April 28, 2016 at 5:00 am ET
America is winning the war on cancer. We’re making real progress in hard-to-treat cancers like metastatic melanoma, some types of lung cancer, and drug resistant leukemias and lymphomas. Even more impressive medicines (like genetically modified, tumor-killing T-cells) and diagnostics (like blood tests for tracking cancer) are expected to come online in the next several years.
But financing challenges are increasing rapidly as well. The list price of newly approved cancer treatments has doubled over the last decade, from $5,000 to $10,000 per month. While these treatments can be highly effective, overall response rates are still relatively low: Only a fraction of patients treated with new immunotherapies respond, and many new drugs will have to be used in combination, entailing dramatically increased drug treatment costs.
As more patients qualify for treatment with new medicines, U.S. spending on cancer is expected to rise sharply, from $124 billion in 2010 to at least $158 billion (2010 dollars) by 2020. And while some medicines are clearly “breakthroughs,” others appear to be incremental advances, leading payers to increasingly question cancer drug pricing.
Patients are being caught between the hammer of rapidly-rising costs and the anvil of cost control efforts, like high co-insurance for off-label treatments. Affording life-saving medicines should be the last thing a patient facing a potentially terminal illness should have to worry about.
Efforts to link reimbursement to patient outcomes are long overdue. Drug companies and insurers agree that prices should be linked to value, but haven’t reached broad agreement on how to get from paying by-the-pill to paying for results.
Here’s where to start: Develop consensus among innovators, payers, and regulators, on the trusted IT systems and core metrics to track patient outcomes in real time. Then pilot projects with sophisticated cancer providers that link reimbursement to real world outcomes through electronic medical records and high quality diagnostics, while also collecting robust data on patient preferences. By mining data on patient outcomes and treatment costs in real time we can better define value across the entire cancer care delivery system.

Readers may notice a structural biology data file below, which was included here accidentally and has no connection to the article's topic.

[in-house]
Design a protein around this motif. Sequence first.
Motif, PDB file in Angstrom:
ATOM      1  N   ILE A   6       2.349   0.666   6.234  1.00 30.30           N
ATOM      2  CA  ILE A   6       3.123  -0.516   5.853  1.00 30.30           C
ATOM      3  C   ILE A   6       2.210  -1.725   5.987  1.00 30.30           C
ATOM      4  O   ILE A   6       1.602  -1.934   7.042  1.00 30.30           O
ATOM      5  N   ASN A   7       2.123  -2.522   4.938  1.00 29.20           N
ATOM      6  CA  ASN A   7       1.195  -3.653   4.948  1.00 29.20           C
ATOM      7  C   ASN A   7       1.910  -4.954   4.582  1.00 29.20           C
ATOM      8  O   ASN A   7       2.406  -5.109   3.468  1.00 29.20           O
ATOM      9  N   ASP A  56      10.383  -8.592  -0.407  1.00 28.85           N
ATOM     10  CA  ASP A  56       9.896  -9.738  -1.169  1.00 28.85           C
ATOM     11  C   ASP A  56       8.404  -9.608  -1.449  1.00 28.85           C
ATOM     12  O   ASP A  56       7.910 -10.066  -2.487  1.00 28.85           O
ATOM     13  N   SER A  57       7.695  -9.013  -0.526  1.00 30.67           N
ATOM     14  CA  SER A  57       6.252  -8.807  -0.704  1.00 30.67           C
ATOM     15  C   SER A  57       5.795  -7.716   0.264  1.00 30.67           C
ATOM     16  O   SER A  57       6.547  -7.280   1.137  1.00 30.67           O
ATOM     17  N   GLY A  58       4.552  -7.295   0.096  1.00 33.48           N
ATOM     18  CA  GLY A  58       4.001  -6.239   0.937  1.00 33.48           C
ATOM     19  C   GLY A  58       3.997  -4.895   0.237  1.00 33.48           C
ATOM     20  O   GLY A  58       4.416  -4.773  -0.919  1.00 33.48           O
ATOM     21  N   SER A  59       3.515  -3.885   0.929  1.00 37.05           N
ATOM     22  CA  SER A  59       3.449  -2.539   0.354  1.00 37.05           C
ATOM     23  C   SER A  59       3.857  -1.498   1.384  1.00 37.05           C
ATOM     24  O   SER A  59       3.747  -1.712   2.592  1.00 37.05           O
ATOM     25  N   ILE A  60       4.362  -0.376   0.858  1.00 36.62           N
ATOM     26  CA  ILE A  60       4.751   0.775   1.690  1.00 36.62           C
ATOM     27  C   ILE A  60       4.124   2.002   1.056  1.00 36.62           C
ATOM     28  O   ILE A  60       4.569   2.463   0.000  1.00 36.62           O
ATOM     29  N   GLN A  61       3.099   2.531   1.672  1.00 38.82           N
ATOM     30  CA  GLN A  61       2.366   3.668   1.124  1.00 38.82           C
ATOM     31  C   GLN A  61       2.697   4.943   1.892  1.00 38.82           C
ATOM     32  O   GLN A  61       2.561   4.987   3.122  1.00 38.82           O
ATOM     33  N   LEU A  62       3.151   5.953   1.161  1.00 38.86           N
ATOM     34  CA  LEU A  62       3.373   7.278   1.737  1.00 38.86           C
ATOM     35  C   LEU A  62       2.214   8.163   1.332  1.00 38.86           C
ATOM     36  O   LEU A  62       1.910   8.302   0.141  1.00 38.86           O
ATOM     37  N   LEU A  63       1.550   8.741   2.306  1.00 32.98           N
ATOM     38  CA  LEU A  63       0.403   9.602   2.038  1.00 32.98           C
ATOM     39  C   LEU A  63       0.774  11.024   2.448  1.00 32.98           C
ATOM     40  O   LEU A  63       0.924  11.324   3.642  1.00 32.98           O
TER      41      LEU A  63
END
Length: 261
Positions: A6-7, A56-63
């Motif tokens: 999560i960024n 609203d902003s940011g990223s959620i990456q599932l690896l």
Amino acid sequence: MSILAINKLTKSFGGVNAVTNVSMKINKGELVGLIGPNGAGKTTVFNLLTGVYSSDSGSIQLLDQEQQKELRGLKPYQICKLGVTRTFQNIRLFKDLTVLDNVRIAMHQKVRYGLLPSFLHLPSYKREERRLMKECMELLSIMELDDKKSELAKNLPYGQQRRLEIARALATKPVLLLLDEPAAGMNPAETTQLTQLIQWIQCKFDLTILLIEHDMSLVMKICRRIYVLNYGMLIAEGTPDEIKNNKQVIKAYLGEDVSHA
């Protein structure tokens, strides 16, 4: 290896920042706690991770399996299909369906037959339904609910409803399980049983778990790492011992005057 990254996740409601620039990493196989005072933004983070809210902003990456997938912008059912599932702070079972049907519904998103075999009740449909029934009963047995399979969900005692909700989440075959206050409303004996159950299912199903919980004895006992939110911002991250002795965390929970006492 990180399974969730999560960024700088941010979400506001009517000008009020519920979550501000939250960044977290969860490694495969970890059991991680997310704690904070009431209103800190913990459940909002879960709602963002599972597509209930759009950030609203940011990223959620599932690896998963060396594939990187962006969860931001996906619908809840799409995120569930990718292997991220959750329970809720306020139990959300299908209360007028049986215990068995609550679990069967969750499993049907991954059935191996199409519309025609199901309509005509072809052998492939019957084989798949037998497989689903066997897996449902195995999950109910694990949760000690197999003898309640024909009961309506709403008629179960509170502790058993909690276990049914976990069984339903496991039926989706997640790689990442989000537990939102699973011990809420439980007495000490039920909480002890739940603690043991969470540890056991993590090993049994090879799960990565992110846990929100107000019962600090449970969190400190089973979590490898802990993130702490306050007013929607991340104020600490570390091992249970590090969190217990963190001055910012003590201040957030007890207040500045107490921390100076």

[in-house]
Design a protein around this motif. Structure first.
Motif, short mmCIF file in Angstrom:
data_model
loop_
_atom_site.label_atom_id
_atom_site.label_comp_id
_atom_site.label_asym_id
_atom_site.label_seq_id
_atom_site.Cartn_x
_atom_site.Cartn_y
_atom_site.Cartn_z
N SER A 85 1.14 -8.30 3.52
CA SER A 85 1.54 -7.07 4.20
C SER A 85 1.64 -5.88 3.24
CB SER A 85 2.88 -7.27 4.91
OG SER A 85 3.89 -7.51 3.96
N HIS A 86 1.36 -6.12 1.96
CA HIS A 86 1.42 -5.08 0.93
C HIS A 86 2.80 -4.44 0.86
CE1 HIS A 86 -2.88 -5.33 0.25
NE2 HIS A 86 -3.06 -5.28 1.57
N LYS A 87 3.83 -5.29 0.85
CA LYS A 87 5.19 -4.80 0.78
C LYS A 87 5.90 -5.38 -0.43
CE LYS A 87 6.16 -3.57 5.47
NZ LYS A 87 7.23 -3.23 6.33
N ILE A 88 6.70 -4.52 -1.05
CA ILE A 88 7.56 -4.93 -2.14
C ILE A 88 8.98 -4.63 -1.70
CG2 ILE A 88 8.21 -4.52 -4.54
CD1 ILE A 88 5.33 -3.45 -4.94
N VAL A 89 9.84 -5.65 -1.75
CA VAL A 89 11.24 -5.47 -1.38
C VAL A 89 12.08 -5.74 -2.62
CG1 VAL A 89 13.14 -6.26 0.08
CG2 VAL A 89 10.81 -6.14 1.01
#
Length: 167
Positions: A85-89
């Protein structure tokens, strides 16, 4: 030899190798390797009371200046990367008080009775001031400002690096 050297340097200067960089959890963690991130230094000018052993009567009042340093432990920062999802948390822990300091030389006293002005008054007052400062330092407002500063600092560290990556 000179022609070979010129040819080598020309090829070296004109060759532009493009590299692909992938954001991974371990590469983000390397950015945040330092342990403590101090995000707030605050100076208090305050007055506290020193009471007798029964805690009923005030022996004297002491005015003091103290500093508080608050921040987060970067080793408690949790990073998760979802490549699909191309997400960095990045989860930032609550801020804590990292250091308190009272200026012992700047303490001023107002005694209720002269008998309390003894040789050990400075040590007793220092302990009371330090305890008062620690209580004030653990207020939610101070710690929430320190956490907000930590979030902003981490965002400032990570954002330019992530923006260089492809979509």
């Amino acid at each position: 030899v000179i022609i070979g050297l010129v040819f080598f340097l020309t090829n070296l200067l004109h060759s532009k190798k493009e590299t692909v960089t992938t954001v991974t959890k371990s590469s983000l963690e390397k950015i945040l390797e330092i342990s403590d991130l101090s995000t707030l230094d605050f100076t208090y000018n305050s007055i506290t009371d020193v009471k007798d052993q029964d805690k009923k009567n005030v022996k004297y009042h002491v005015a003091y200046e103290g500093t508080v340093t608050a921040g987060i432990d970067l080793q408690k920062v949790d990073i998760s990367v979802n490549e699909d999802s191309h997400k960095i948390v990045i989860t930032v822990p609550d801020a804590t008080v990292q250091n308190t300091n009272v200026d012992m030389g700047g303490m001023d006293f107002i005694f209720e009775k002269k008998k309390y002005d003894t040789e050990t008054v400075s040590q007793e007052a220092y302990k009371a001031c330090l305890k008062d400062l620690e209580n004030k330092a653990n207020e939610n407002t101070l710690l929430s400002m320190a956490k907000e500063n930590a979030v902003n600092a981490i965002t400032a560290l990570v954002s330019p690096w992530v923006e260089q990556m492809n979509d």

At the same time, the FDA should also create a conditional approval pathway for new cancer medicines, based on preliminary safety and efficacy data in selected cohorts of cancer patients who have few good options today. This will allow expert oncologists to experiment with treatment combinations and develop better tools for matching new medicines with the right patients. Faster market access at lower cost to developers through conditional approvals can enhance competition by allowing more products to compete head to head based on prices and outcomes.
Last, but far from least, we should create a safe harbor from Medicaid’s requirement that the program automatically get the lowest drug price from any private contract. This will allow insurers and drug companies to experiment with more pay-for-performance contracts without worrying about how they’ll affect prices for federal programs. (Retooling Medicaid contracts to include outcomes based pricing can come later.)
Our goal should be to customize cancer care at scale, creating the information systems and financial incentives for matching the right treatment, to the right patient, at the right time.
Along the way we’ll deliver better outcomes for patients, reduce dangerous side effects, and spend less money on ineffective treatments.
Industry will share more financial risk with payers, but drug prices should also evolve to reflect their value to patients.
Cancer drug spending can appear daunting, especially in the near term. But there are parallels to be found in our efforts to contain HIV/AIDS.
Better data, captured in real time, will help us deliver greater value for every dollar we spend on cancer care. It will also give insurers, researchers, drug companies, regulators, and patients the critical information they need to fight, and win, the war on cancer.
That is our national challenge—but also a tremendous opportunity to be seized.
Paul Howard is also the author of a new Manhattan Institute report, Precision Oncology in the Era of Health Care Reform: Improving Outcomes, Sustaining Innovation, Increasing Efficiency.